Mate 30 Pro videos show excellent texture and low noise. The stabilization system does a good job, too.
The Huawei Mate 30 Pro’s achieves a Photo score of 132 points, the best of all devices tested to date. The Photo score is calculated from sub-scores in tests that examine different aspects of a device’s performance for still images under different lighting conditions. In this section, we take a closer look at how these sub-scores were determined and compare image quality against some key competitors.
The Huawei Mate 30 achieves an excellent score for Exposure, thanks to accurate target exposure in most situations, including in very low light down to 1 lux, along with a wide dynamic range that helps capture both shadow and highlight detail in high-contrast scenes. Unlike the latest iPhones, the Mate 30 Pro does not show the HDR effect in the image preview, however, making for a slightly worse user experience. In the comparison shot below, you can see that the Mate 30 Pro is capable of achieving good exposure on the subject’s face as well as on the background in this difficult scene. The P30 Pro slightly underexposes the subject, while the Samsung exposure is similar to the Mate 30 Pro’s—but with contrast a touch lower, making the image look a little flatter.
Dynamic range is also very good and has improved compared to the P30 Pro, as you can see in the samples below. The Mate 30 Pro captures good detail in both the dark foreground area and the bright background. This said, the Samsung Galaxy S10 5G’s dynamic range is visibly wider, recording the blue sky outside and even more shadow detail in the foreground.
The Mate 30 Pro also scores very well for color, tying the Note 10+ 5G for the top score in our ranking. The Mate image output shows noticeably better saturation than the P30 Pro, eliminating one of the main weaknesses of the older model. The Mate 30 Pro also does away with the P30 Pro’s white balance issues and color casts, performing noticeably better for color overall. It also controls color shading very well generally, with only slightly noticeable shading in extreme low-light shots. We sometimes also saw some slightly yellow/greenish color rendering, but it’s not a major issue.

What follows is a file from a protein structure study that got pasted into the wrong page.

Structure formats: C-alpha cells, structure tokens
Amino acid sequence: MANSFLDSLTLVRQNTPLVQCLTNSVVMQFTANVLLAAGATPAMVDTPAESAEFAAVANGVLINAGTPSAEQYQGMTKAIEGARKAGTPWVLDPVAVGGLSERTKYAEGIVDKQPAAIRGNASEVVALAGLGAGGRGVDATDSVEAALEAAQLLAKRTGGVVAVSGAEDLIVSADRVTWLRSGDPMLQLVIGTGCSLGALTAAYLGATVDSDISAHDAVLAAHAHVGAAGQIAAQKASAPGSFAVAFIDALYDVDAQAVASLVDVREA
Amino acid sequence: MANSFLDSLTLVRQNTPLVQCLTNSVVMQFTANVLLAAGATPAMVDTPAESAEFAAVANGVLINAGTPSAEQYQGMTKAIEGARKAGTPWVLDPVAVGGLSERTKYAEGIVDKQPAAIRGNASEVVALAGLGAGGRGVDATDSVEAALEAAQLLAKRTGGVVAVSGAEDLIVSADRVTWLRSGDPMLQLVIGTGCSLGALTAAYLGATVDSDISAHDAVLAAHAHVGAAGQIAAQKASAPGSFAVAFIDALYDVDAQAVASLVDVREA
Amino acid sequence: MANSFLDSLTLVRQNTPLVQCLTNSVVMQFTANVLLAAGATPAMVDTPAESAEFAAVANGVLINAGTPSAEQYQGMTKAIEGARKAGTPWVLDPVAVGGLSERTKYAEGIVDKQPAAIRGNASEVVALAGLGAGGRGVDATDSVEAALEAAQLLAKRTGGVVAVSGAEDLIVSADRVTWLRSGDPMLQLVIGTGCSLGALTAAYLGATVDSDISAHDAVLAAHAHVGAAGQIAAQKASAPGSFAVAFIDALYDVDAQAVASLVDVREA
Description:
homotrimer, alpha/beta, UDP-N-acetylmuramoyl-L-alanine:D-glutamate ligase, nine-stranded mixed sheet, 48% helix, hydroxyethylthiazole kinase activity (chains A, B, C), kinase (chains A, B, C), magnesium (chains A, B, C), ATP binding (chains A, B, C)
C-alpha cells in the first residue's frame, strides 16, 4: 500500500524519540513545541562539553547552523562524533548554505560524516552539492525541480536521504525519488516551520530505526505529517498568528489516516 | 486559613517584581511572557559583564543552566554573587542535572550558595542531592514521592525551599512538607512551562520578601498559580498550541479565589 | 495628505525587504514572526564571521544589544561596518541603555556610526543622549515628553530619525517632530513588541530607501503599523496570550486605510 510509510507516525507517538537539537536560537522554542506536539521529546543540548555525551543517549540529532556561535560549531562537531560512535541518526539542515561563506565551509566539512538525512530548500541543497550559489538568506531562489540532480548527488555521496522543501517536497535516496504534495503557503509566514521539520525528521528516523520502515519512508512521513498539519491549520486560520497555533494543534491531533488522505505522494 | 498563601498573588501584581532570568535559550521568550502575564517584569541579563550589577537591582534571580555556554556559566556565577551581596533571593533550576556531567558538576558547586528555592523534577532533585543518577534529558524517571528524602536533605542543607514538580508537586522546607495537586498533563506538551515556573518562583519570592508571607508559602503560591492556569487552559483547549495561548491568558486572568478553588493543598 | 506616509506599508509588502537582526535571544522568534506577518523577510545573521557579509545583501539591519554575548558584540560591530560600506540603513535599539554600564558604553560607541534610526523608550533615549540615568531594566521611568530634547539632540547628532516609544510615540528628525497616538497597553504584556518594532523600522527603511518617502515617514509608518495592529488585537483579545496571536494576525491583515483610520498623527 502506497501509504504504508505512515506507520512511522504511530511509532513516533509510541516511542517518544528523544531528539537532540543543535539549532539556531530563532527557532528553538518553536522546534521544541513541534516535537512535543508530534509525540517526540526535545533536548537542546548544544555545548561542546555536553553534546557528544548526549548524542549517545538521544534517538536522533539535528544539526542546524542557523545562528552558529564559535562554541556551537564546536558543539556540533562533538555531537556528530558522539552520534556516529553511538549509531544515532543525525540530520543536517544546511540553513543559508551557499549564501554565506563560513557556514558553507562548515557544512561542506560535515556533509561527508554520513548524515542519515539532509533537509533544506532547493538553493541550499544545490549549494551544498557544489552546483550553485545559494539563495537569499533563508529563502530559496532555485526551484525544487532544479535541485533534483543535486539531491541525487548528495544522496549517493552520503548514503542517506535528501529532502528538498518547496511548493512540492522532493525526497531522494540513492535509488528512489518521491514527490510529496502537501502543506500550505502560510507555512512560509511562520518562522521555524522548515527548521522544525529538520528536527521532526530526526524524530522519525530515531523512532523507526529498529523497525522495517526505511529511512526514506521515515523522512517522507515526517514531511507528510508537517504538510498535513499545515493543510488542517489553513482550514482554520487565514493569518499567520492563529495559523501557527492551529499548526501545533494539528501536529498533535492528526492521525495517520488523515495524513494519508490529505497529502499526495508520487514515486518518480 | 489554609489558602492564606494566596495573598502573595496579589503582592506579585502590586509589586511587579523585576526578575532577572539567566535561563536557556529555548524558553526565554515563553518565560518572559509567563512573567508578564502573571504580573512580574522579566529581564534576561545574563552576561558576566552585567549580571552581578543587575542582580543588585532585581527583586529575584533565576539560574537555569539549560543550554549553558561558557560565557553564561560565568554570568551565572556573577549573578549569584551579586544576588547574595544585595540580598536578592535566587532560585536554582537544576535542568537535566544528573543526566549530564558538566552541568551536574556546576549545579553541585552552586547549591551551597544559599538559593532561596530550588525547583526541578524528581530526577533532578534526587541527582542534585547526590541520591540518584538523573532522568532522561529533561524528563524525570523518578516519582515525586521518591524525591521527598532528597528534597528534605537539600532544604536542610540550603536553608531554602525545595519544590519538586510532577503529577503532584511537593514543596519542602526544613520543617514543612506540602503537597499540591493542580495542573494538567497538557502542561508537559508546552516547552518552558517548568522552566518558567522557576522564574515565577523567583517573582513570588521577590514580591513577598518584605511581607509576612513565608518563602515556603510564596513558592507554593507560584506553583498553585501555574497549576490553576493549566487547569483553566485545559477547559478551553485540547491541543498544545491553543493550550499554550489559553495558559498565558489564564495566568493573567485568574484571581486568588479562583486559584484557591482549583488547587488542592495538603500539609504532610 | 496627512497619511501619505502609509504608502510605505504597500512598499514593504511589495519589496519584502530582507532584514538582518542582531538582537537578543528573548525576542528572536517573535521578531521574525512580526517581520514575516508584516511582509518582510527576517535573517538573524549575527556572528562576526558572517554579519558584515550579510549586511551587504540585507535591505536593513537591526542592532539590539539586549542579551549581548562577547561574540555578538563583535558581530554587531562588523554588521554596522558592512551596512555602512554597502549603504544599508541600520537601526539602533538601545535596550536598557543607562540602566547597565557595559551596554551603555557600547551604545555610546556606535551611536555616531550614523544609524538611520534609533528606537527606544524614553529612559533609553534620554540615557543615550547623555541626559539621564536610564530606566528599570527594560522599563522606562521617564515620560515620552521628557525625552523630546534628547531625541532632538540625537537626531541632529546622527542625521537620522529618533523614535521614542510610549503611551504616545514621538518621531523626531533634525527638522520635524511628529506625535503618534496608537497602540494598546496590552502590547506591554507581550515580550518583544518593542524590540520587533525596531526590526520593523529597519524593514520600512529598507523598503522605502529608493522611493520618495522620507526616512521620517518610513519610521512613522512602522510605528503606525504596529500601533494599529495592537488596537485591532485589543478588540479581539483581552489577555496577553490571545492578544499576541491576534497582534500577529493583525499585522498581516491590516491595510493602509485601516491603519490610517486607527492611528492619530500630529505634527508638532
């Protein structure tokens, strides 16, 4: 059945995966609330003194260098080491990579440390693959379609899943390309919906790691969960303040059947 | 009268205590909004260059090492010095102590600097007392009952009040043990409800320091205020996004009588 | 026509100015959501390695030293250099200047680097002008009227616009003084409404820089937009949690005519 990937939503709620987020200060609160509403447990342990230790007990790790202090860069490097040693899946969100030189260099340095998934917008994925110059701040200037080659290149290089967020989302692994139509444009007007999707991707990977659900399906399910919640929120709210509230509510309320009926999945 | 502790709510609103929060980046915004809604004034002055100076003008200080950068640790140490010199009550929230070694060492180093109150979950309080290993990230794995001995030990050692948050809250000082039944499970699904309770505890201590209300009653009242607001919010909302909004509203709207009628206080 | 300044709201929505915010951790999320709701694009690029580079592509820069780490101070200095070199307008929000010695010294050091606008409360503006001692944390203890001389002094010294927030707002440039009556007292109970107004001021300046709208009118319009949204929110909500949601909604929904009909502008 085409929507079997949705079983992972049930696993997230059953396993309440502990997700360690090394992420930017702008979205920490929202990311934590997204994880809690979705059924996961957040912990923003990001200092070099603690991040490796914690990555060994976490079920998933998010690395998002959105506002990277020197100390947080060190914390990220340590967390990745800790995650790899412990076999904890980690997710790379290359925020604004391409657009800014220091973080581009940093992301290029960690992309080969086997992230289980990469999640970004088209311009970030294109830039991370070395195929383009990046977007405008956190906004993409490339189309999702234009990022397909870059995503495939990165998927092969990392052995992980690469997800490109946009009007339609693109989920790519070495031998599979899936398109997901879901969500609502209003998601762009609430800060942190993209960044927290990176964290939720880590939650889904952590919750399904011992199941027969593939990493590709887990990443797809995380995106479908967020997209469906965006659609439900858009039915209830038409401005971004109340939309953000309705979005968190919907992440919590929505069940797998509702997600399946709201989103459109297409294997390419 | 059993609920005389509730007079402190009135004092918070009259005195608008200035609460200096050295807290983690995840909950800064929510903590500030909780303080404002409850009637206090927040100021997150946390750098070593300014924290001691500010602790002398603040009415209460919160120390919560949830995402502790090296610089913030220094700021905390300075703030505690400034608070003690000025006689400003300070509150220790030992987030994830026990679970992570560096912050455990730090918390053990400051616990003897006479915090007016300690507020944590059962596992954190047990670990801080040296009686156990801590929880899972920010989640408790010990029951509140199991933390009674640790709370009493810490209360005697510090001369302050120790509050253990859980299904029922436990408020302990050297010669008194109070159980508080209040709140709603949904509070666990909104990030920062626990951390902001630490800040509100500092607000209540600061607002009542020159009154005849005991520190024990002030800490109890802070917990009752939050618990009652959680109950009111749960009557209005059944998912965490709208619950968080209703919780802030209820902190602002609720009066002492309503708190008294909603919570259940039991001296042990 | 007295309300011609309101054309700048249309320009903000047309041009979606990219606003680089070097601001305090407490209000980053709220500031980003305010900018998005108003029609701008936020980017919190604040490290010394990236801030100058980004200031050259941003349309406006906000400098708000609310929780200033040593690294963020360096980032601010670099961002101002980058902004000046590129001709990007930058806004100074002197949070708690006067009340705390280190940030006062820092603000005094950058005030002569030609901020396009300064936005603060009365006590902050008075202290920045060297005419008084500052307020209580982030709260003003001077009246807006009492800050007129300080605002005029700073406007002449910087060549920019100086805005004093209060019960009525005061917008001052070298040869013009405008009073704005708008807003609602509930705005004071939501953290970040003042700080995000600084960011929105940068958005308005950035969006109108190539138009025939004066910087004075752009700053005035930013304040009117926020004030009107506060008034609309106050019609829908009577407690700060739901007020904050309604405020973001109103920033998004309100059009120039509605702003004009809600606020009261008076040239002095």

The difference in saturation to the P30 Pro is quite visible in the sample shots below. The S10 5G image shows even slightly stronger saturation than the Mate 30 Pro, however.
The Huawei Mate 30 Pro autofocus performed very well in our lab tests. It is very quick and reliably achieves accurate focus in a repeatable way. You can see in our comparison graph below that even in low light, the Mate 30 Pro autofocus locks on immediately and very consistently with both short and long delays after defocusing the camera.
The Texture/Noise balance is a real highlight of the Mate 30 Pro image quality performance, with the device achieving new top scores for both attributes. This is highly unusual, as the two measurements are usually negatively correlated. The Mate 30 Pro not only renders the best detail we have seen on a smartphone this far, with good preservation of fine textures, no oversharpening, and no ringing; moreover, it also controls image noise extremely well. Noise is barely visible in bright light and in indoor conditions, and becomes more noticeable only at light levels of 5 lux and lower.
You can see in the following comparison samples that the Mate 30 Pro is sharper and shows more fine detail and textures on the building in the background than both the P30 Pro and the Galaxy S10 5G.
While overall detail is excellent, the Mate 30 Pro occasionally has some issues with detail rendering on faces. In these shots, it has blurred the skin on the subject’s face, resulting a coarse and unnatural rendering of the freckles. This effect is noticeably less pronounced on the P30 Pro. The Mate 30 Pro renders hair and other details nicely, however.